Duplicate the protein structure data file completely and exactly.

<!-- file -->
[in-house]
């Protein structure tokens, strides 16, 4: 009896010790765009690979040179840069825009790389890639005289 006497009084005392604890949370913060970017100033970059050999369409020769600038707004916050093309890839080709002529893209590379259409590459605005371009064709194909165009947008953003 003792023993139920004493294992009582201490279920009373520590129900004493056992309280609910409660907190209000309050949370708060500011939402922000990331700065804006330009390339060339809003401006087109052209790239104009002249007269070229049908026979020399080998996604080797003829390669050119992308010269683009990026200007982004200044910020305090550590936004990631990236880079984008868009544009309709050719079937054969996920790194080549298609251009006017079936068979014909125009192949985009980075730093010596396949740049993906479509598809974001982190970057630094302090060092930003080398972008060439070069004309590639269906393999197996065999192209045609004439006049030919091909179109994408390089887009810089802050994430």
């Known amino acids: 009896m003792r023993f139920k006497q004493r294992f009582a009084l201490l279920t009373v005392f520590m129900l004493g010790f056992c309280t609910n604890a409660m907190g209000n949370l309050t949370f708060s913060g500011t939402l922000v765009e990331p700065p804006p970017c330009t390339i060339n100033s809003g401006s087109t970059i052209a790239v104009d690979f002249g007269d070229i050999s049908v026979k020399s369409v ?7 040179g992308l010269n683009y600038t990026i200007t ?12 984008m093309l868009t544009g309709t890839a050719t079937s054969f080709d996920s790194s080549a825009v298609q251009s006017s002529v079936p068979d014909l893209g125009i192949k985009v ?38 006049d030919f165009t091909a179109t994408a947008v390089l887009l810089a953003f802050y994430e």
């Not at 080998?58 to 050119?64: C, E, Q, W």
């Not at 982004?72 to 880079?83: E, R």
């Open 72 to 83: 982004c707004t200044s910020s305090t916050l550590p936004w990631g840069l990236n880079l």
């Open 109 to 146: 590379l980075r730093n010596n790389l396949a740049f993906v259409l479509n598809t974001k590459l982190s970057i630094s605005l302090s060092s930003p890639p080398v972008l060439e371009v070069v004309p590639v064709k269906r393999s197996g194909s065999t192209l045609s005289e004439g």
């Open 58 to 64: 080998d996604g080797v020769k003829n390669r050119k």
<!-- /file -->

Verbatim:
[in-house]
């Protein structure tokens, strides 16, 4: 009896010790765009690979040179840069825009790389890639005289 006497009084005392604890949370913060970017100033970059050999369409020769600038707004916050093309890839080709002529893209590379259409590459605005371009064709194909165009947008953003 003792023993139920004493294992009582201490279920009373520590129900004493056992309280609910409660907190209000309050949370708060500011939402922000990331700065804006330009390339060339809003401006087109052209790239104009002249007269070229049908026979020399080998996604080797003829390669050119992308010269683009990026200007982004200044910020305090550590936004990631990236880079984008868009544009309709050719079937054969996920790194080549298609251009006017079936068979014909125009192949985009980075730093010596396949740049993906479509598809974001982190970057630094302090060092930003080398972008060439070069004309590639269906393999197996065999192209045609004439006049030919091909179109994408390089887009810089802050994430």
């Known amino acids: 009896m003792r023993f139920k006497q004493r294992f009582a009084l201490l279920t009373v005392f520590m129900l004493g010790f056992c309280t609910n604890a409660m907190g209000n949370l309050t949370f708060s913060g500011t939402l922000v765009e990331p700065p804006p970017c330009t390339i060339n100033s809003g401006s087109t970059i052209a790239v104009d690979f002249g007269d070229i050999s049908v026979k020399s369409v ?7 040179g992308l010269n683009y600038t990026i200007t ?12 984008m093309l868009t544009g309709t890839a050719t079937s054969f080709d996920s790194s080549a825009v298609q251009s006017s002529v079936p068979d014909l893209g125009i192949k985009v ?38 006049d030919f165009t091909a179109t994408a947008v390089l887009l810089a953003f802050y994430e």
């Not at 080998?58 to 050119?64: C, E, Q, W």
């Not at 982004?72 to 880079?83: E, R």
């Open 72 to 83: 982004c707004t200044s910020s305090t916050l550590p936004w990631g840069l990236n880079l």
């Open 109 to 146: 590379l980075r730093n010596n790389l396949a740049f993906v259409l479509n598809t974001k590459l982190s970057i630094s605005l302090s060092s930003p890639p080398v972008l060439e371009v070069v004309p590639v064709k269906r393999s197996g194909s065999t192209l045609s005289e004439g």
């Open 58 to 64: 080998d996604g080797v020769k003829n390669r050119k």